Vulnerability in Children

Vulnerability in Children's Smart Watch Could Reveal Location

Some smart watches geared towards children have series security flaws.

Researchers have found that a smart watch marketed towards children has several gaping security holes that could allow a hacker to eavesdrop and see the exact location of the wearer.

The many glaring security flaws were discovered by security firm, Mnemonic, which analyzed the Gator, Tinitell, Viksfjord/SeTracker and Xplora smartwatches. The devices are marketed as a way for parents to keep tabs on and communicate with their children via apps, but some have very serious vulnerabilies that could allow a stranger to take advantage of a smart device on a child's wrist.

"Three of the four watches that were tested were found to contain significant security flaws," Mnemonic wrote in its report. "The flaws are not technically difficult to exploit, and in two cases, allow a third party to surreptitiously take control over the watch."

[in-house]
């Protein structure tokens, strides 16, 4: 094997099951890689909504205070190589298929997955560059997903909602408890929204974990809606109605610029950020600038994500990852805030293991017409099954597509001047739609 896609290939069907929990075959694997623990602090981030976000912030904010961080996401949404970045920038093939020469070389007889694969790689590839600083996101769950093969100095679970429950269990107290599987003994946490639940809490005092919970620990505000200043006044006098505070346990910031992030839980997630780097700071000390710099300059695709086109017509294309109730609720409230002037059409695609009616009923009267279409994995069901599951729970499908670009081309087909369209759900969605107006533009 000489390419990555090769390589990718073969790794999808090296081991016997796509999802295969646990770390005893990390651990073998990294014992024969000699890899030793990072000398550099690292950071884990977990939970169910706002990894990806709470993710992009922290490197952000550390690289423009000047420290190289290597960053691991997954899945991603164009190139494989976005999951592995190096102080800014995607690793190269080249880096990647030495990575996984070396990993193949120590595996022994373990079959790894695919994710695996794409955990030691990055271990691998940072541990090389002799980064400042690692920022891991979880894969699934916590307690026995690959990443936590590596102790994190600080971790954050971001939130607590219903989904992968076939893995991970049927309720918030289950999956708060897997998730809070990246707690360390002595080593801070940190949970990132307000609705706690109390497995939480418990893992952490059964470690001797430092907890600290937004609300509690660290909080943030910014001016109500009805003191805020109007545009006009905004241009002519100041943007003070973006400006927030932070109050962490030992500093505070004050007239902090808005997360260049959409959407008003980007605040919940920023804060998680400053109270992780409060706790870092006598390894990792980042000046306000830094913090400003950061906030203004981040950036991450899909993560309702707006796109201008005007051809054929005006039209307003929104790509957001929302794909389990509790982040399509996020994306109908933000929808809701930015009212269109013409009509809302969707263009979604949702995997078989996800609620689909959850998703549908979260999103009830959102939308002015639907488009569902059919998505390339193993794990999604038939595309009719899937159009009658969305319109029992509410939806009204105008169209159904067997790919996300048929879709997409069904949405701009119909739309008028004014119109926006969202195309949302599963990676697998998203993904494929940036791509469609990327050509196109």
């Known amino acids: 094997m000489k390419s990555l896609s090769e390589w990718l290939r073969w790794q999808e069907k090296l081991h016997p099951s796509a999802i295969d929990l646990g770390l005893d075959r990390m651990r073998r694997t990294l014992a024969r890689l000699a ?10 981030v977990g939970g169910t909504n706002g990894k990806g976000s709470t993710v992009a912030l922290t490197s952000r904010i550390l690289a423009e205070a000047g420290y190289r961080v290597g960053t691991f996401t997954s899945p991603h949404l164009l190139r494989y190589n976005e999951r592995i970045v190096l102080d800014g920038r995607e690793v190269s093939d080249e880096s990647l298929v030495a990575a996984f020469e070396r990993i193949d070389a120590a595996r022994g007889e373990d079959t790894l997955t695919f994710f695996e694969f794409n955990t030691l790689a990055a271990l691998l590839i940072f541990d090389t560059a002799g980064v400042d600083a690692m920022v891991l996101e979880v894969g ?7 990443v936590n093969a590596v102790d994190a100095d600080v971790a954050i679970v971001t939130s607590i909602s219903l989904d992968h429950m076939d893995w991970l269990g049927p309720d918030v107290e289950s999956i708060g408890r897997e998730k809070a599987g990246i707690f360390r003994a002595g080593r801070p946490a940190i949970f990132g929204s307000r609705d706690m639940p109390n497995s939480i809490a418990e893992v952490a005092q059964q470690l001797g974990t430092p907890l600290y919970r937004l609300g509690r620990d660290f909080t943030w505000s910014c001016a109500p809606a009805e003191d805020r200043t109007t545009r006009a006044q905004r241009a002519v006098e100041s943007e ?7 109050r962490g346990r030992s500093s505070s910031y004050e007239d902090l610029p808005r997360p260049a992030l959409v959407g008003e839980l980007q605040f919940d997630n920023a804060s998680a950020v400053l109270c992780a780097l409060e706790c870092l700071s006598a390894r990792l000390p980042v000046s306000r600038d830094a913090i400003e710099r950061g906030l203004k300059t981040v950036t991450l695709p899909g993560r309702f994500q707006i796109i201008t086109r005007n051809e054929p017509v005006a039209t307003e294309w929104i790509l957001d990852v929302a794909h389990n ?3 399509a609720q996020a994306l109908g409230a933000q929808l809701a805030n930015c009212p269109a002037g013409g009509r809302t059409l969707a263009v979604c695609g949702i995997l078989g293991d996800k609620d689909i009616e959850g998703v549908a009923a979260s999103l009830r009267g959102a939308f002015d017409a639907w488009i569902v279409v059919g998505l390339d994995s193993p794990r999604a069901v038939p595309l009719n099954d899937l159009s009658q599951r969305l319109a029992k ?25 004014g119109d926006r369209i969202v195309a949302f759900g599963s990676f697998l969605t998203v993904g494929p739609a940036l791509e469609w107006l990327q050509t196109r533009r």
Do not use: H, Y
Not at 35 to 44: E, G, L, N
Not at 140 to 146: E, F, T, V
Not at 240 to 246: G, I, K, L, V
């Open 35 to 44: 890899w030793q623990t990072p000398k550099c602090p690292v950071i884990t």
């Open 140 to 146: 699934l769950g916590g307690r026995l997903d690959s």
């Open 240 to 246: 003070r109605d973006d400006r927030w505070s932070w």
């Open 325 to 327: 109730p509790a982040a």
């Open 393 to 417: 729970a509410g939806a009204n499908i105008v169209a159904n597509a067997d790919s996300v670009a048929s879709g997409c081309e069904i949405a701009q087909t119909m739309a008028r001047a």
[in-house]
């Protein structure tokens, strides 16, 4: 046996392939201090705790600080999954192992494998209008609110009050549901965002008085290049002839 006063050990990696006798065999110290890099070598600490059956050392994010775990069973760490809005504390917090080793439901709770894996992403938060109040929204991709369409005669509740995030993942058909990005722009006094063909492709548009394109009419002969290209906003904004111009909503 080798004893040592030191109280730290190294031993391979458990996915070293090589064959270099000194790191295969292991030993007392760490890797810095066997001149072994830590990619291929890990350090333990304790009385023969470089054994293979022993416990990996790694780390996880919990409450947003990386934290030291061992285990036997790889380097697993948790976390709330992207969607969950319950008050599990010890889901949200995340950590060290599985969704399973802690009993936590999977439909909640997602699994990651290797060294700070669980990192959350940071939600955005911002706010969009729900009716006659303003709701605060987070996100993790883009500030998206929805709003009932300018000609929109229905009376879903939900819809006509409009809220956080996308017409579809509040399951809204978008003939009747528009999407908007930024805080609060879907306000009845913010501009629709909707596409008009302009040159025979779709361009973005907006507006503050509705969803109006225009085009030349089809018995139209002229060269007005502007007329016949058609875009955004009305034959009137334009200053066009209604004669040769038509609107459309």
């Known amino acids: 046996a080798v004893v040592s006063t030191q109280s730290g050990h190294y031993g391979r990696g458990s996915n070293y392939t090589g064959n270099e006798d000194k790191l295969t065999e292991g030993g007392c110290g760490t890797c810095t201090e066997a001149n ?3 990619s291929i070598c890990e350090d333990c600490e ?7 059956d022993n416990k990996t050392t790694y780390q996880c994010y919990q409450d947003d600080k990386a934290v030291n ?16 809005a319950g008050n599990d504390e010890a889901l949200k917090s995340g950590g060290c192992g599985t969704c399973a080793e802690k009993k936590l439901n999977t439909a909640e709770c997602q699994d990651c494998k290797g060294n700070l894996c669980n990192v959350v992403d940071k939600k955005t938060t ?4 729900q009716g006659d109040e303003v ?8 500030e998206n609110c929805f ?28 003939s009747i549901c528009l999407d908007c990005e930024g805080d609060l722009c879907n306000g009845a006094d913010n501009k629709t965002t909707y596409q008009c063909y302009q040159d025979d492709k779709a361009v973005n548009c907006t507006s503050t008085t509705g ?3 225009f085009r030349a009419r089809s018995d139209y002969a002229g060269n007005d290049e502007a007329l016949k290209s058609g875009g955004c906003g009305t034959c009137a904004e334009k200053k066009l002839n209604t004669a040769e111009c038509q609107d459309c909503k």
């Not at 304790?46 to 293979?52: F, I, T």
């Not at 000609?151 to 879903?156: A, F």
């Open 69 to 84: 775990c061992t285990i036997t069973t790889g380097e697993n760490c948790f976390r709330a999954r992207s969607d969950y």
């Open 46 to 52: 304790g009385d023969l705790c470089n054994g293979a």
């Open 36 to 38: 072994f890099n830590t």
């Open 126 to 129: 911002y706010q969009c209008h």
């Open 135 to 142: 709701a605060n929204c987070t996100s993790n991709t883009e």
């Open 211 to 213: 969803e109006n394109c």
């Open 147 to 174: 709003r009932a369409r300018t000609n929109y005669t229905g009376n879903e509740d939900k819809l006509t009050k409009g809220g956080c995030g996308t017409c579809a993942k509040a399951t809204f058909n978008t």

The Gator 2, Viksfjord/SeTracker and Xplora devices were all found to have multiple serious and practical attacks. In the Gator 2, for example, a hacker could completely hijack the device, allowing the attacker to track its current location (and hence, the location of its child wearer) and location history. It also gives the hacker the ability to send voice messages to the watch and edit the contact phone numbers it stores.

The Viksfjord/SeTracker, according to the report, can be used as a "remotely controllable listening device," or allow the hacker to communicate with the child.

And the researchers were also able to access sensitive data from other Xplora customers, including locations, names, and phone numbers — suggesting it is not being stored properly.

Meanwhile, none of the four devices give users the option to delete their accounts or have location data delete automatically after a set period of time. Only the Tinitell promises to implement reasonable security standards, Mnemonic said.

About the Author

Sydny Shepard is the Executive Editor of Campus Security & Life Safety.

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